Arsenal auction attracts bidders from across U.S.

By Mike Sever Record-Courier staff writer Published:

Some 300 bidders, from local firms to resellers from as far away as Texas and Connecticut, were on hand Wednesday and Thursday to bid on 3,000 different lots of equipment.

"It's going great," David Golde, vice president for National Industrial Services Inc., said of Thursday's auction. Golde's firm spent more than a year inventorying the ammunition plant equipment for the auction _ everything from work tables to massive milling and fabricating machines to the buildings they were housed in _ went on the block.

"We're selling nearly every piece of equipment we found to sell. Some of the stuff goes back to the '40s and some up to the '70s," Golde said.

Some of the equipment, used to create tens of thousands of artillery shells for World War II and later, hadn't been used in decades. Thursday's highlight was the sale of three huge boring mills, with the most expensive selling for $190,000.

Odd lots included a complete four-lane bowling alley, shoes and balls included, in the basement of the recreation hall, just under where the auction was going on.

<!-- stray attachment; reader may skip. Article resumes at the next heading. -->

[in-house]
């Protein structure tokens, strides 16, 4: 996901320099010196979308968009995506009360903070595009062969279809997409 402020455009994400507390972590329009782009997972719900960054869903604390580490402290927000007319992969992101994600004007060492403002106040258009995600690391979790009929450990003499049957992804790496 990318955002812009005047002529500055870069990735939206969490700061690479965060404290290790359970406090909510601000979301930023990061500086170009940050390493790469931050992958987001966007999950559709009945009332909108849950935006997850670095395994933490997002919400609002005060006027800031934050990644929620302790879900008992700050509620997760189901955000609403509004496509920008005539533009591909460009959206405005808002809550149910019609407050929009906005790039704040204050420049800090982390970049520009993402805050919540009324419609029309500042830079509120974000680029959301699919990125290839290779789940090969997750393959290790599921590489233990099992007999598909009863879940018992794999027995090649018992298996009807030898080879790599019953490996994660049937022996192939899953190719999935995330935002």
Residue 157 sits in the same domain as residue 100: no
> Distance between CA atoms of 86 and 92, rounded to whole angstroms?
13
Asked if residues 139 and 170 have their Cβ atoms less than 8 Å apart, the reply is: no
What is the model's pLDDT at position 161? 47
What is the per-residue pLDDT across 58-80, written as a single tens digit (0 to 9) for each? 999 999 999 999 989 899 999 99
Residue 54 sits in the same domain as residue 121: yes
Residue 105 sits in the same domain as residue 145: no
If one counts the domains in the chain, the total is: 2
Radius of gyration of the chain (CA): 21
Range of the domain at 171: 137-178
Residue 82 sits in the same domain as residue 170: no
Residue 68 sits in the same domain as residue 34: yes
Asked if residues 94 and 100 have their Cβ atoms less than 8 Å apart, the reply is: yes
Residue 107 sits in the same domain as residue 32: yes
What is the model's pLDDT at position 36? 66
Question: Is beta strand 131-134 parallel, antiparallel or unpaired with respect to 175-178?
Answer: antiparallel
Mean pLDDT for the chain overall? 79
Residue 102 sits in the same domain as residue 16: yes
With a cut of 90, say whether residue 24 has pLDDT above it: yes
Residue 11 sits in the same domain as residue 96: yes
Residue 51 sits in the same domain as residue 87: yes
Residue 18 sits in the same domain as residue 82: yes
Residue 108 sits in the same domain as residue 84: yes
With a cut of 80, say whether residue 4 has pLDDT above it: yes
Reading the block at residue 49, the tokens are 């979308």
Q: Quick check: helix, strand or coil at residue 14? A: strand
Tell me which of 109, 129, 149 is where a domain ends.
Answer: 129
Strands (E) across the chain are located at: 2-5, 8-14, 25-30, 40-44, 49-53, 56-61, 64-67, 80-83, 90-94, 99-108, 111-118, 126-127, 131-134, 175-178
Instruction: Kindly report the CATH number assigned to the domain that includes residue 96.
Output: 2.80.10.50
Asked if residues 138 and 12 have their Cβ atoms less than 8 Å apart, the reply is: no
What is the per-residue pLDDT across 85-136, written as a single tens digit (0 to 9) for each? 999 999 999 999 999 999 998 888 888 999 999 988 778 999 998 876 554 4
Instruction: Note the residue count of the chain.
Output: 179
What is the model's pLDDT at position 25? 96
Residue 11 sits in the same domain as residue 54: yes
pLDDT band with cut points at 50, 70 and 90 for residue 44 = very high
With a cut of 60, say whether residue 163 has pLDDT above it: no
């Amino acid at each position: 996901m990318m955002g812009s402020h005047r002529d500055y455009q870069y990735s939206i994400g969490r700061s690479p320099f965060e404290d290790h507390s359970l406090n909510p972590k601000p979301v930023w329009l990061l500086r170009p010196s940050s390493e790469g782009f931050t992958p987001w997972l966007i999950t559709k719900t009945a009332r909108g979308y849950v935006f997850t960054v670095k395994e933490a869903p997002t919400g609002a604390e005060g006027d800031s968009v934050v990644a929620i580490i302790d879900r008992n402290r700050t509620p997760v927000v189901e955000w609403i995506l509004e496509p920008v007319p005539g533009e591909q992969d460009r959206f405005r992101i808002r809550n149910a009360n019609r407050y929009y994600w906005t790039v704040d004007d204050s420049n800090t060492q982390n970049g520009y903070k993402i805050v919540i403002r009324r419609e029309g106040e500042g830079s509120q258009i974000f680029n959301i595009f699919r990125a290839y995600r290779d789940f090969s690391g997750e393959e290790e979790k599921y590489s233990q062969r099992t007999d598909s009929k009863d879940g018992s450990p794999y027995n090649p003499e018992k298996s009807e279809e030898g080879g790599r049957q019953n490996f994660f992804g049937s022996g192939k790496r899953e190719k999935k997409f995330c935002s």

"We've had a few people interested. We'll have to see if it sells," Golde said. The auctioneers privately estimated the alleys could go for anywhere from $1,000 to $5,000.

Tim Paul of Ravenna said he'd bought "a few small things" for his manufacturing firm. But Paul said he thought prices were a little high.

Outside the auction hall, three men representing equipment resellers were waiting for a special lot to come up _ a continuous oven for metal treatment.

Bruce Hynes of Detroit, Steve Davis of East Hartford, Conn., and Frank Kay of Cleveland were old hands at equipment auctions.

"You run into a lot of the same business people at these," Davis said.

Golde's firm will next strip out all scrap metal that can be sold from the buildings, leaving them empty husks ready for demolition.

"We'll take out about 190 miles of electrical wire, radiators, desks _ anything we can sell for scrap," he said _ including about 30,000 8-inch diameter brass shell cases found in the warehouses.

"The government won't let me sell to surplus. They don't want anybody loading them as shells," he said.

Proceeds from the sale will help pay for asbestos removal at the former

ammunition plant and storage depot. The Department of Defense is in the

early stages of an environmental cleanup of explosive and other chemical

residue at the plant. That work is expected to take several years and

several million dollars.

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